Pokémon Red, White, & Blue reminds us that Pokébattles look like dogfights or cockfights, which are blood sports in which animals are forced to attack one another for entertainment and profit. Both are illegal in 50 states. The main difference between actual blood sports and Pokémon is the absence of blood, which is probably why PETA was so eager to reinsert it.

It gets worse. In almost every violent video game, players attack “bad guys” of some kind. (This doesn't necessarily make it justifiable, especially in war games where the “bad guys” are people, but it's a decent excuse when you're attacking aliens and monsters.) In this respect, Pokémon might even be worse than World of Warcraft or Call of Duty, because Pokémon trainers inflict suffering on the good guys.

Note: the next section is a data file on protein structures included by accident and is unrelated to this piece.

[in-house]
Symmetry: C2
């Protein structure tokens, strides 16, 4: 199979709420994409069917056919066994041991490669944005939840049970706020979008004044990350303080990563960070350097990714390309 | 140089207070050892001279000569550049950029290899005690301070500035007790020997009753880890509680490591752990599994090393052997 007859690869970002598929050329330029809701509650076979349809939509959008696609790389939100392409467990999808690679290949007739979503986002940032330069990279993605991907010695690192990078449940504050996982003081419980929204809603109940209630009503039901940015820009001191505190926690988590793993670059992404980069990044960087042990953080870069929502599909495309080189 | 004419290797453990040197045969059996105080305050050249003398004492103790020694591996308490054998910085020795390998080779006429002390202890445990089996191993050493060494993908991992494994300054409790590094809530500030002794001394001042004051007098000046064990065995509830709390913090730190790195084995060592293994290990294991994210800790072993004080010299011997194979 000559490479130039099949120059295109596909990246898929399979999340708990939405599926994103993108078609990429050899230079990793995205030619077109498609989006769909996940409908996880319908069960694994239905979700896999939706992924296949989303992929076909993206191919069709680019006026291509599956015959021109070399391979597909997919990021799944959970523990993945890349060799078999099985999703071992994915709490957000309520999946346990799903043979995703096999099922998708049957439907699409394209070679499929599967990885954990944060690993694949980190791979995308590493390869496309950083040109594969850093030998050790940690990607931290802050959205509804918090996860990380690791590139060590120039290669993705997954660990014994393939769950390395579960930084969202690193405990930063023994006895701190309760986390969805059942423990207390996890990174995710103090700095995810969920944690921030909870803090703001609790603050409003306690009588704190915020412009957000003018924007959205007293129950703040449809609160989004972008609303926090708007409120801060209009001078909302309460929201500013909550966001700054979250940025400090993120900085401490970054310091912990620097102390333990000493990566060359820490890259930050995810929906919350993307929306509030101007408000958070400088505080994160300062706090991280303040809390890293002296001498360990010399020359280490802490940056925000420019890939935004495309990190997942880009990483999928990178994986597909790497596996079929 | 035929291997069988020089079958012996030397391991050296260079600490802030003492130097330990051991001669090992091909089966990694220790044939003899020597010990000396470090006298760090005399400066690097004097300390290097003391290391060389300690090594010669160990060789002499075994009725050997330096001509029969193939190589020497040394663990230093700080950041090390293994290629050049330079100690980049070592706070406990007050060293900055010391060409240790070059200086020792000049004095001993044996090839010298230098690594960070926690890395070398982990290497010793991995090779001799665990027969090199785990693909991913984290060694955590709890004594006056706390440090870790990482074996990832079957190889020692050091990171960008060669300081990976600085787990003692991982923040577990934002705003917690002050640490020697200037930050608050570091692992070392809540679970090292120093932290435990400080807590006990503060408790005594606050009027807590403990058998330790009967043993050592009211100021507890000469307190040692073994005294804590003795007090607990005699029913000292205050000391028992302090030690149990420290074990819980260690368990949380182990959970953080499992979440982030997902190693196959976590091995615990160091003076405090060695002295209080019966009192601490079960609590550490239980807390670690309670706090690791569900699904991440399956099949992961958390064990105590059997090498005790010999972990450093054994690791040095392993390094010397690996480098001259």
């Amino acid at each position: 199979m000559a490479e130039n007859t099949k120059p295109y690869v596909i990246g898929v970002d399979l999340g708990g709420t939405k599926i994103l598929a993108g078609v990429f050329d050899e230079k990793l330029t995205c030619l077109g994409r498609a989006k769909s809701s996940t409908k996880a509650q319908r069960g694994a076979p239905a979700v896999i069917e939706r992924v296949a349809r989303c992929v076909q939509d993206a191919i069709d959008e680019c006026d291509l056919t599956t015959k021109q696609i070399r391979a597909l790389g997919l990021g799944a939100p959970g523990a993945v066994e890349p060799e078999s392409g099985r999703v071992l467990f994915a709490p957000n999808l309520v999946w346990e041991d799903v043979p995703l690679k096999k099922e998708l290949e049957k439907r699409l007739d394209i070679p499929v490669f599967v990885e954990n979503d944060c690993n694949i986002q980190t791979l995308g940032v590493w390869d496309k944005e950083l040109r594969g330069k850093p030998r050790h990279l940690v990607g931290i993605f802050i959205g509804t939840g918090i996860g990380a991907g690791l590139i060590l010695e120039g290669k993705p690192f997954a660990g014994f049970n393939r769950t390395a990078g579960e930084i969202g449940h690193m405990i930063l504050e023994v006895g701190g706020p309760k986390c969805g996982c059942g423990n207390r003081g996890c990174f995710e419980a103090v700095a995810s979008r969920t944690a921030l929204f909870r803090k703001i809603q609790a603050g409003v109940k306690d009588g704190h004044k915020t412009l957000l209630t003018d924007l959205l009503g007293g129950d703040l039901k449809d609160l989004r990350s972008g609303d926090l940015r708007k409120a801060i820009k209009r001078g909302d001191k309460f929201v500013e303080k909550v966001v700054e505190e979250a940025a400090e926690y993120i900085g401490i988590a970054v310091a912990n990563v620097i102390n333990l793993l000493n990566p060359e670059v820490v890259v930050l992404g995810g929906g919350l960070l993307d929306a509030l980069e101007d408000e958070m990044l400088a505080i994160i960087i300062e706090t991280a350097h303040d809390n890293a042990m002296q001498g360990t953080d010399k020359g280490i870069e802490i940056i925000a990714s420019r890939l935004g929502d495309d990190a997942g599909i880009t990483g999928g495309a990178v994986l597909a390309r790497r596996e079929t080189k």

***

Pokémon’s origins are endearing enough. Satoshi Tajiri, founder of the Pokémon dynasty, really liked bugs. He collected them in the fields and forest of his hometown. “In Japan, a lot of kids like to go out and catch beetles by putting honey on a piece of tree bark,” he recalled in a 1999 interview with Time Magazine. “My idea was to put a stone under a tree, because they slept during the day and like sleeping under stones. So in the morning I'd go pick up the stone and find them. Tiny discoveries like that make me excited.”

The first Pokémon game, released in 1996, was a way to preserve these kinds of tiny discoveries. Preservation was all the more important as encounters with nature became more and more rare. “Every year they would cut down trees and the population of insects would decrease,” Tajiri went on. “The change was so dramatic. A fishing pond would become an arcade center.”